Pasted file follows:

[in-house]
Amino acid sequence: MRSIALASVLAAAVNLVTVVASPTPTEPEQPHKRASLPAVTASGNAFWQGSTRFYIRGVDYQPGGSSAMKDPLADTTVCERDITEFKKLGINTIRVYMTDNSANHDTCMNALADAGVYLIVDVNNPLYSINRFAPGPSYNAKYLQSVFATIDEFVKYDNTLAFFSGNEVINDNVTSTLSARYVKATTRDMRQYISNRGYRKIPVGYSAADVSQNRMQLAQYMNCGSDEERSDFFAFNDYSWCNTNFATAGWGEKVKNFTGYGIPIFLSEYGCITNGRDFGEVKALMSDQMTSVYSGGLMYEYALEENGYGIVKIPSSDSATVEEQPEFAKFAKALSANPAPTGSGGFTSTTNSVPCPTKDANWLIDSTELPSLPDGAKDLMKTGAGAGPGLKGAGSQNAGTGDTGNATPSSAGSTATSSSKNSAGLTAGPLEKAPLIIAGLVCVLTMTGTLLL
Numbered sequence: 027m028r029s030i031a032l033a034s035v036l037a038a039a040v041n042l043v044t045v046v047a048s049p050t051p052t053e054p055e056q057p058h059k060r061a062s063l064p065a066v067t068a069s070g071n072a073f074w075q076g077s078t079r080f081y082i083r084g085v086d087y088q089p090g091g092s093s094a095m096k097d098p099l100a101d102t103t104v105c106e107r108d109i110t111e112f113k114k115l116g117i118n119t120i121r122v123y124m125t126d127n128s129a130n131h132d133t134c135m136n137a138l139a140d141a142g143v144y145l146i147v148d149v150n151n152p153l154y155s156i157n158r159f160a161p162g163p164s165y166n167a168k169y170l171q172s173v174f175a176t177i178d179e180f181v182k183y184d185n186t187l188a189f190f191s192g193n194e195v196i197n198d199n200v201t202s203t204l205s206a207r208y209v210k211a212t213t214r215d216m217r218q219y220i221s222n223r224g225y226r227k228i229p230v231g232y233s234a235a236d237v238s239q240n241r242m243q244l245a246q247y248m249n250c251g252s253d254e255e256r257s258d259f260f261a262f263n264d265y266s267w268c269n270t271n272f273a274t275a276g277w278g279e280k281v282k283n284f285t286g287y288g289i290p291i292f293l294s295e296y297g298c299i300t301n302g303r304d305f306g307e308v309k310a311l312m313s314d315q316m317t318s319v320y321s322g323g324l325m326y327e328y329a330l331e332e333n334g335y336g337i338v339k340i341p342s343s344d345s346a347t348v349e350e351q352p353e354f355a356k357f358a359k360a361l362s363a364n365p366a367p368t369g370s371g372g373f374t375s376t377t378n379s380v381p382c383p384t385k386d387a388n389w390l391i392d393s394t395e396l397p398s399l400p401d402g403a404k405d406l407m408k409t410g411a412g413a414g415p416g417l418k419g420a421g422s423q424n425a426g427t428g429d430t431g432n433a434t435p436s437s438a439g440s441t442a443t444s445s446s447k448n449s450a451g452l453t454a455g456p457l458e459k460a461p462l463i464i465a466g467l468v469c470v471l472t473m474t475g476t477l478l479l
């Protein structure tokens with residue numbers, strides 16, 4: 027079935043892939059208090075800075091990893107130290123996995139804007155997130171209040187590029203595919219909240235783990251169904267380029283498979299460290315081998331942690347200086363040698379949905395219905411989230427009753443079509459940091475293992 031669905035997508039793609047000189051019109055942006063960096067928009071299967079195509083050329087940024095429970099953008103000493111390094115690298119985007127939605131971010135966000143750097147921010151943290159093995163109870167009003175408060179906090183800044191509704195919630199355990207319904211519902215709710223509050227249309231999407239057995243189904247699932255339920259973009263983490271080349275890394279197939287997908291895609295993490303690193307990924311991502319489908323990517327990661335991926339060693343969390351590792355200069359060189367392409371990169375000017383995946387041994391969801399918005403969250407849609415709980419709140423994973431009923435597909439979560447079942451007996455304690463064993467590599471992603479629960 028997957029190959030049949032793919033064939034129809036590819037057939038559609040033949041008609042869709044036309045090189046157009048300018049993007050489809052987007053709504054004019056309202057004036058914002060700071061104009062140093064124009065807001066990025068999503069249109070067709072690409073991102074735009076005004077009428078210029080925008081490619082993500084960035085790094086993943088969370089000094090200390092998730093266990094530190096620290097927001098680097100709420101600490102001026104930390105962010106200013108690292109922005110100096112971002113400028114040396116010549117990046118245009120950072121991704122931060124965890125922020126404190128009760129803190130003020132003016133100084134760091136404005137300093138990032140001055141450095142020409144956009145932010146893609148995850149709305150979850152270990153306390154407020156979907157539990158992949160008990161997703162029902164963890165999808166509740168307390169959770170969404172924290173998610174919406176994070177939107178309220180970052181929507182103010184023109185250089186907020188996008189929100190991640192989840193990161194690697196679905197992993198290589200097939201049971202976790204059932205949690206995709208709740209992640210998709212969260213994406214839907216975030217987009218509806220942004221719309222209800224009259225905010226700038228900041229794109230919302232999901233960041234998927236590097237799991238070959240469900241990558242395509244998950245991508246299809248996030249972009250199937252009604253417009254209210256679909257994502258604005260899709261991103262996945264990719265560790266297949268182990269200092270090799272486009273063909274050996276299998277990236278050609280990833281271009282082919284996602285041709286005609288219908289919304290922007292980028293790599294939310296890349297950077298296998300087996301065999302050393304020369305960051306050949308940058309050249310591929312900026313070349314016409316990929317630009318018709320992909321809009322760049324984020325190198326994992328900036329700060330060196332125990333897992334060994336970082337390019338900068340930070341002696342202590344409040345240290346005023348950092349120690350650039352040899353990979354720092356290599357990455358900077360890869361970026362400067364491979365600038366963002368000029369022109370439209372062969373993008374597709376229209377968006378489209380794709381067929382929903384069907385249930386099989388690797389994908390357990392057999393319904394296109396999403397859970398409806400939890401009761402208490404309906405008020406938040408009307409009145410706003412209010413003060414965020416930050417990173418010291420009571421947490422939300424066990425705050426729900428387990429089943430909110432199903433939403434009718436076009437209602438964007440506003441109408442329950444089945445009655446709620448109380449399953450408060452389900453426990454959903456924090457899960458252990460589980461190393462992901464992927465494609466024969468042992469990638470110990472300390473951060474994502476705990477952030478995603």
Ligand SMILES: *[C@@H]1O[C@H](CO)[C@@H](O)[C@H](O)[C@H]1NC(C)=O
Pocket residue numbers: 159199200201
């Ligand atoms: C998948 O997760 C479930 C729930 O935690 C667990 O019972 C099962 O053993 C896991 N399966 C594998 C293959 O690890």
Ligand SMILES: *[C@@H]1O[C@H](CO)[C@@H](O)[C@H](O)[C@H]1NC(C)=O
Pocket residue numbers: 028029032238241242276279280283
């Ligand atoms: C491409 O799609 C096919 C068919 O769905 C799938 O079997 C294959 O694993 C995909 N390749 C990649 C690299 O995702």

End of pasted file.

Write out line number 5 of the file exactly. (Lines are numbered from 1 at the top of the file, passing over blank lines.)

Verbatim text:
Ligand SMILES: *[C@@H]1O[C@H](CO)[C@@H](O)[C@H](O)[C@H]1NC(C)=O